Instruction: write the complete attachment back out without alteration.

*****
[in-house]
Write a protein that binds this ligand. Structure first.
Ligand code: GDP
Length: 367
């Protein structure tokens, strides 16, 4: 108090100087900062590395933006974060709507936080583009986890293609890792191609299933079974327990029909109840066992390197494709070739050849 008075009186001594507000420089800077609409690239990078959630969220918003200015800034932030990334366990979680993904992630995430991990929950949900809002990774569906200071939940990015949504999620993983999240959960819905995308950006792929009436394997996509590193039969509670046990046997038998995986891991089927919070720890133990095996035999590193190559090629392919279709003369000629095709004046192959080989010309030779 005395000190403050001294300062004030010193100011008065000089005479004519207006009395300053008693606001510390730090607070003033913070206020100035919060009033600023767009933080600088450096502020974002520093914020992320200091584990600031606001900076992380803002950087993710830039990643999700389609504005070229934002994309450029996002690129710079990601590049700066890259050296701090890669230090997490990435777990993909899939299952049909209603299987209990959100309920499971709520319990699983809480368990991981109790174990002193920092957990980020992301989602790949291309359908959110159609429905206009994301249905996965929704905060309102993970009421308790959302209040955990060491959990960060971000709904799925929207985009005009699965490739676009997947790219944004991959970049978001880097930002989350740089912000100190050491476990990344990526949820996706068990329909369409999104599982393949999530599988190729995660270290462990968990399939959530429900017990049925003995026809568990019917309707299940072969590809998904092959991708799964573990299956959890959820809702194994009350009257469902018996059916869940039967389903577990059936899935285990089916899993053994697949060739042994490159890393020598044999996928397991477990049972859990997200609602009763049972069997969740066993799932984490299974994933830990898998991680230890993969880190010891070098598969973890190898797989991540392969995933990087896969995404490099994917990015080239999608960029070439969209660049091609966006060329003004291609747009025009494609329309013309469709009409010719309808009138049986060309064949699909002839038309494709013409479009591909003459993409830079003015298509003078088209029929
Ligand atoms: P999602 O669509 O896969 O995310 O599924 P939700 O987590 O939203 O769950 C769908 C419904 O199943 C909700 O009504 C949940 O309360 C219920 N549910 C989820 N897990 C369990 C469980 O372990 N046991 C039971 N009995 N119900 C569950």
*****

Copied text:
[in-house]
Write a protein that binds this ligand. Structure first.
Ligand code: GDP
Length: 367
């Protein structure tokens, strides 16, 4: 108090100087900062590395933006974060709507936080583009986890293609890792191609299933079974327990029909109840066992390197494709070739050849 008075009186001594507000420089800077609409690239990078959630969220918003200015800034932030990334366990979680993904992630995430991990929950949900809002990774569906200071939940990015949504999620993983999240959960819905995308950006792929009436394997996509590193039969509670046990046997038998995986891991089927919070720890133990095996035999590193190559090629392919279709003369000629095709004046192959080989010309030779 005395000190403050001294300062004030010193100011008065000089005479004519207006009395300053008693606001510390730090607070003033913070206020100035919060009033600023767009933080600088450096502020974002520093914020992320200091584990600031606001900076992380803002950087993710830039990643999700389609504005070229934002994309450029996002690129710079990601590049700066890259050296701090890669230090997490990435777990993909899939299952049909209603299987209990959100309920499971709520319990699983809480368990991981109790174990002193920092957990980020992301989602790949291309359908959110159609429905206009994301249905996965929704905060309102993970009421308790959302209040955990060491959990960060971000709904799925929207985009005009699965490739676009997947790219944004991959970049978001880097930002989350740089912000100190050491476990990344990526949820996706068990329909369409999104599982393949999530599988190729995660270290462990968990399939959530429900017990049925003995026809568990019917309707299940072969590809998904092959991708799964573990299956959890959820809702194994009350009257469902018996059916869940039967389903577990059936899935285990089916899993053994697949060739042994490159890393020598044999996928397991477990049972859990997200609602009763049972069997969740066993799932984490299974994933830990898998991680230890993969880190010891070098598969973890190898797989991540392969995933990087896969995404490099994917990015080239999608960029070439969209660049091609966006060329003004291609747009025009494609329309013309469709009409010719309808009138049986060309064949699909002839038309494709013409479009591909003459993409830079003015298509003078088209029929
Ligand atoms: P999602 O669509 O896969 O995310 O599924 P939700 O987590 O939203 O769950 C769908 C419904 O199943 C909700 O009504 C949940 O309360 C219920 N549910 C989820 N897990 C369990 C469980 O372990 N046991 C039971 N009995 N119900 C569950």